Ultima VII represented the pinnacle of virtual world simulation where I really felt I had done the best job of interactive storytelling and of world detailing to create a play space and a play environment and reasons to be there. I felt that was the most masterfully executed of the Ultima series, so to speak. From a refinement standpoint, though Ultima IV was for me kind of a watershed, it was still quite simplistic in its structure as a game.
And then, of course, moving forward to Ultima Online, there had been multiplayer games since the beginning of computers, but they were all very simplistic. Ultima Online was really the first kind of big bet into the online games arena. And it was a bet that myself and Starr Long both felt strongly would work. No one within Origin or Electronic Arts really had faith that this would work, and it literally took us years to get approval to even build a prototype to prove that we could make a game like this and that it would be popular.
GS: So how was it that you found out that you were going to be inducted into the Hall of Fame?
RG: I got a call from [AIAS executive director Joseph Olin], who just said, "Hey, I'd like to talk with you for a minute." And he's the one that let me know first. Then he had apparently already called my brother Robert to discuss with him about his interest or willingness to be the presenter, which I think is also great, just because my brother has been my business partner through the vast majority of my career and deserves a great deal of credit for my success. I would not have survived, and these products would not have survived, without him. So I think it's nice that they have also talked with him about being part of that day.
GS: Who else in the game development field do you see joining you in the Hall in coming years?
RG: Wow! That's a tough question. I'd have to give that more thought than just an off-the-cuff answer, I'm afraid. There was a magazine that asked me to put together my top 100 games here recently, and so I've already done a sort of the most notables. But individual people… What's interesting about the era I grew up through--I started when the games were done by one person. And so that one person's name was directly associated with the product, and you could directly, easily tell what that one person's contribution was.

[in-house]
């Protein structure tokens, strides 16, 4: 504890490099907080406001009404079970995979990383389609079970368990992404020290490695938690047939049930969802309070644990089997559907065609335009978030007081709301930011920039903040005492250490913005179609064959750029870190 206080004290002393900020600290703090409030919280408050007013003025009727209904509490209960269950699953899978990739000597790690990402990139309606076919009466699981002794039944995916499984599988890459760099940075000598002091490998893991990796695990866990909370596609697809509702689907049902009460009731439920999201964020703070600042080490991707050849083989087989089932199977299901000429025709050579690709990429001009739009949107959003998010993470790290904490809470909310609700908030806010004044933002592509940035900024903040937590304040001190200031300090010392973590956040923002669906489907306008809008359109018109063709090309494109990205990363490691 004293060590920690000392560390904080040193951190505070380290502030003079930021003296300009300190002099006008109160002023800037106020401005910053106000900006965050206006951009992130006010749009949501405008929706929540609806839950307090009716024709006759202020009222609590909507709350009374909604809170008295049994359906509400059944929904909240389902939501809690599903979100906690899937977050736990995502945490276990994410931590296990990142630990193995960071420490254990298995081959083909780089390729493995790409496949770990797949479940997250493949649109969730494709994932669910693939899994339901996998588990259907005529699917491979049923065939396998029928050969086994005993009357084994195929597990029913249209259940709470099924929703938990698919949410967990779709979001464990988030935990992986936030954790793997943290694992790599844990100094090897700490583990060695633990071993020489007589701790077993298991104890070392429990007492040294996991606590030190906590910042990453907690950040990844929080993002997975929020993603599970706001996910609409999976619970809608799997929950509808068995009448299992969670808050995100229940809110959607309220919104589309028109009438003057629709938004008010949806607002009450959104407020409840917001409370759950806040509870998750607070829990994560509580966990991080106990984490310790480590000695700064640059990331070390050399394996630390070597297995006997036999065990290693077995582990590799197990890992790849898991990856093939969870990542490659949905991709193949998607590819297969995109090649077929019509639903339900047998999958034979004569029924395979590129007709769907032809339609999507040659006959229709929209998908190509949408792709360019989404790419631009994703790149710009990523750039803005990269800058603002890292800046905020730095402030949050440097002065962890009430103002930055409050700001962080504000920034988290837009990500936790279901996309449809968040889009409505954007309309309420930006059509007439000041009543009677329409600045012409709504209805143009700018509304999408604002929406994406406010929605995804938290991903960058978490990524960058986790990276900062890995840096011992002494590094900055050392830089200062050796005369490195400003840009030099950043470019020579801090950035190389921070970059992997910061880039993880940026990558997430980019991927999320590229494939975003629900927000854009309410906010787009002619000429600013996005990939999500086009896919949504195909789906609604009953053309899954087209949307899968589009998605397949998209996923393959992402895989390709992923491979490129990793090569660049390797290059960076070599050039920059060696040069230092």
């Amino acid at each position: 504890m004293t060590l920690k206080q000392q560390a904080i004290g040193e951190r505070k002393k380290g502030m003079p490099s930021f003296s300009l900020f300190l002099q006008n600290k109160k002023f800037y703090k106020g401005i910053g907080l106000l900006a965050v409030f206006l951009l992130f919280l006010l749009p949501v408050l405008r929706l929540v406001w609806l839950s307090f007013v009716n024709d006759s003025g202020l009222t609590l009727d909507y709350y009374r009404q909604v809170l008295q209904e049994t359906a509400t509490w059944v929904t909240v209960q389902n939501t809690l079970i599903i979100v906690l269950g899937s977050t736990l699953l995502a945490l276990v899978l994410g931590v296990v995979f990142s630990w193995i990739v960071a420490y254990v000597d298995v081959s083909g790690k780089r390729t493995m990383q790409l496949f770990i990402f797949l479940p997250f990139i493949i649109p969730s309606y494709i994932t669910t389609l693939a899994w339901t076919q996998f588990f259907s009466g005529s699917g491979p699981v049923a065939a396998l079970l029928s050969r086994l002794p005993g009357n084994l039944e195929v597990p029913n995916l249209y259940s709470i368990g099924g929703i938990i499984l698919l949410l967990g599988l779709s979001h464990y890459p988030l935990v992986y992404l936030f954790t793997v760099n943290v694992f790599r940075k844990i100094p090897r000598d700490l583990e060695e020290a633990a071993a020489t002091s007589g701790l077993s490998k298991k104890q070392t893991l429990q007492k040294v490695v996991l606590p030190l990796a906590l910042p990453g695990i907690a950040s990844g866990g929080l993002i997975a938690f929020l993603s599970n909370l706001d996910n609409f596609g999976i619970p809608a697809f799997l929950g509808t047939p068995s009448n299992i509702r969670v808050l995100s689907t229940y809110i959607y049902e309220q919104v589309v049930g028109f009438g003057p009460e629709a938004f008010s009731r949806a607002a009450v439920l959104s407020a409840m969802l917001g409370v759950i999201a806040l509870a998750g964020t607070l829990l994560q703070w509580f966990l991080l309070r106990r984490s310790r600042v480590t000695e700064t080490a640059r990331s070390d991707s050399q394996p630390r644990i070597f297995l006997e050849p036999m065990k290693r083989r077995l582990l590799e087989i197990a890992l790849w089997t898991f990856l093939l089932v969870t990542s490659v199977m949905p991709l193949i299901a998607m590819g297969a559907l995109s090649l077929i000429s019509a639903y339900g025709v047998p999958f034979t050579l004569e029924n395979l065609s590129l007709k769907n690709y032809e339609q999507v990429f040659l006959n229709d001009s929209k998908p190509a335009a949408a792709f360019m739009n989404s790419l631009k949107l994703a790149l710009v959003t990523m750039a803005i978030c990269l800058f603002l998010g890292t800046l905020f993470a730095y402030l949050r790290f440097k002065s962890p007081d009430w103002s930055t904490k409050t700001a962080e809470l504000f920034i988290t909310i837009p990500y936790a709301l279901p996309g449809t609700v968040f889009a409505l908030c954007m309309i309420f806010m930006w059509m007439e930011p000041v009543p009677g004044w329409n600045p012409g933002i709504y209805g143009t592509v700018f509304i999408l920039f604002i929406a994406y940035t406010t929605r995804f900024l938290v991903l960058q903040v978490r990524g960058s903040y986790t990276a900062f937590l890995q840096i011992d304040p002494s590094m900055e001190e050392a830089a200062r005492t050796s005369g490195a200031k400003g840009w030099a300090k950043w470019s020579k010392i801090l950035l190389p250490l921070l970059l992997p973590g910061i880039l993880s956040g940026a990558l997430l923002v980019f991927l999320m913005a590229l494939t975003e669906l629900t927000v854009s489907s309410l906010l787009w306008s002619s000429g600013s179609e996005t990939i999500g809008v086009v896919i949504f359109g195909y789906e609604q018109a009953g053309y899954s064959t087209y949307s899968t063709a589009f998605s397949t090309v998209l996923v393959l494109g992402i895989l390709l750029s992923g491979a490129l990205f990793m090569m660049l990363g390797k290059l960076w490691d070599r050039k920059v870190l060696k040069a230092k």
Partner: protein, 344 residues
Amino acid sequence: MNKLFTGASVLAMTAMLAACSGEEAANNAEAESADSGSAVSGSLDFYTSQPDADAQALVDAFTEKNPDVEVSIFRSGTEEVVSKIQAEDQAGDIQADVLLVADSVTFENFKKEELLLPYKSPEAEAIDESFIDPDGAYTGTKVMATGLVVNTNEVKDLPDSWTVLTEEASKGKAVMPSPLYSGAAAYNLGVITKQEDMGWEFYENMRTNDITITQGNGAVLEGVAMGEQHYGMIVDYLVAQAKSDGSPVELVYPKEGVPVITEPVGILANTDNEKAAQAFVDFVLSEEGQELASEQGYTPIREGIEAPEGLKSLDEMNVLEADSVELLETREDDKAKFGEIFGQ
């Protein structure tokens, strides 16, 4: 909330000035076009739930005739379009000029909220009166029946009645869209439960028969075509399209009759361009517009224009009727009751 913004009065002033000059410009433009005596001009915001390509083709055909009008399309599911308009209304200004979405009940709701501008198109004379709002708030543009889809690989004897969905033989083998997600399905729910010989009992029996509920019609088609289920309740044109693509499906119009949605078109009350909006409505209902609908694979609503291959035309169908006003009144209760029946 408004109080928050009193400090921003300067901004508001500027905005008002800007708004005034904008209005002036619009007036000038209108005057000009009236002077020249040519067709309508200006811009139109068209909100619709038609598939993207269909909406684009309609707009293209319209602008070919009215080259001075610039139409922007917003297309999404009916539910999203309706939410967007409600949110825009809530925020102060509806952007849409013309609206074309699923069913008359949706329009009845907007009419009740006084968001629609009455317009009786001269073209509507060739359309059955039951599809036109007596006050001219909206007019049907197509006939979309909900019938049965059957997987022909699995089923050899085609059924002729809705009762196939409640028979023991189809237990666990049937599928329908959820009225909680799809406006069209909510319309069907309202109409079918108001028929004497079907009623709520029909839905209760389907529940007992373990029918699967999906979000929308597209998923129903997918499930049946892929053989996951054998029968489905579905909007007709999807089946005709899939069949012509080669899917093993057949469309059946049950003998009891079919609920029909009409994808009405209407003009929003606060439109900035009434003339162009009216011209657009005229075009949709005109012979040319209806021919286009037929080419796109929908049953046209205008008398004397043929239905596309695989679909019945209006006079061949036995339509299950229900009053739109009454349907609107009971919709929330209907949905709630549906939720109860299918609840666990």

But as we run out of old-timers like me who have long histories to observe, we'll get into some of the younger group who have been developing a modest 10 or 15 years versus 25. In the last half of the existence of this games business, it's been more and more difficult to tell who to ascribe the praise to within development teams because companies have kind of gone away from promoting the people. And so that will be an interesting problem. But I couldn't actually say [who is next].
GS: Looking at the previous inductees to the Hall of Fame, pretty much all of them are still very active. At the same time, though, the Hall of Fame induction in most fields is kind of a career retrospective. I'm wondering if you worry or concern yourself at all that maybe your largest impact upon the industry has already been made.
RG: That thought has at least crossed my mind, and, interestingly, I don't think so. And the reason why I don't think so is because Ultima Online wasn't that long ago. You could have made that argument previous to Ultima Online.
I substantially believe that Tabula Rasa, the game I'm working on right now, is a dramatic departure from all other [massively multiplayer games] that have come before and will revitalize this segment again.
If you look at all online games up until the most recent big ones like World of Warcraft, they are fundamentally in the same model as Ultima Online and EverQuest were in the earliest days. It's just that World of Warcraft is really nicely done. The user interface is expertly crafted, and the visuals are expertly crafted, but the model of its structure is not unusual even after seven years of development since Ultima Online.
I personally find that kind of disappointing and am a bit dumbfounded that people have strayed from that first model so little. Tabula Rasa does not feel at all like one of these current online games. My criticism of all online games to date is that they are all very slow. They're all a level grind. They all reward extraordinary devotion to the game and not much else. And so, even though the segment is still growing at about 100 percent per year, and has since the day Ultima Online launched, I still think that they have only touched on the smallest beginning of a threshold of where it can [exist] as an art form. I hope to prove that with the release of Tabula Rasa.
GS: Thank you very much.